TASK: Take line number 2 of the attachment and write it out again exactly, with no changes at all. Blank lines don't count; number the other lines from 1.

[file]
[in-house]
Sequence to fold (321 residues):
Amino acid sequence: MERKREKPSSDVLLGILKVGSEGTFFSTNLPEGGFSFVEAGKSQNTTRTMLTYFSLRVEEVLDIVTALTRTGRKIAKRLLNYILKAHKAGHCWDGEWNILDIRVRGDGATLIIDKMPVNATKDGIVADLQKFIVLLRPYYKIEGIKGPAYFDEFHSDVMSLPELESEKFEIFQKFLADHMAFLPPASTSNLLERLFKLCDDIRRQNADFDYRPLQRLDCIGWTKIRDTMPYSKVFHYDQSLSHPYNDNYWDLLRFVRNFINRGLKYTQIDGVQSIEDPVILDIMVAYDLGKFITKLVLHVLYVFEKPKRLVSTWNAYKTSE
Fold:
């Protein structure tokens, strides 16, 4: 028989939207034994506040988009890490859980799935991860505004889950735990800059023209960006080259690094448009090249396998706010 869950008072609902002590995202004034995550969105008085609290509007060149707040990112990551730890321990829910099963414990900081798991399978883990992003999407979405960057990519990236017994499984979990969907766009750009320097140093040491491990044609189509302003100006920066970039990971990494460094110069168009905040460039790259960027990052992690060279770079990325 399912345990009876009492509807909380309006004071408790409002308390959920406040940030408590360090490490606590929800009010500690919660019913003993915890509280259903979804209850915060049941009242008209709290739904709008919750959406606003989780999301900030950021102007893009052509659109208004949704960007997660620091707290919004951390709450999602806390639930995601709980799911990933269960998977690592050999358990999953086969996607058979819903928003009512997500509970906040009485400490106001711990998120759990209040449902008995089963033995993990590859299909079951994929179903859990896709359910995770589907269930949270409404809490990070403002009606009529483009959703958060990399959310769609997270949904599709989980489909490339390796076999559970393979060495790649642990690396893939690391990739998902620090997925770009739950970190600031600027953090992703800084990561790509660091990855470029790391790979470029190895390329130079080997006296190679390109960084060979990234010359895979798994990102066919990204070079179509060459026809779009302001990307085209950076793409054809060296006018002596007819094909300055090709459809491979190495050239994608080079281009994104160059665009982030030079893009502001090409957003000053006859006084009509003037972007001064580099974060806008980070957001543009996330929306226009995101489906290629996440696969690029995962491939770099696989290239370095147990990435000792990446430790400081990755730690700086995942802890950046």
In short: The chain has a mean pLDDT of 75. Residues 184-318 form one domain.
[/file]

Sequence to fold (321 residues):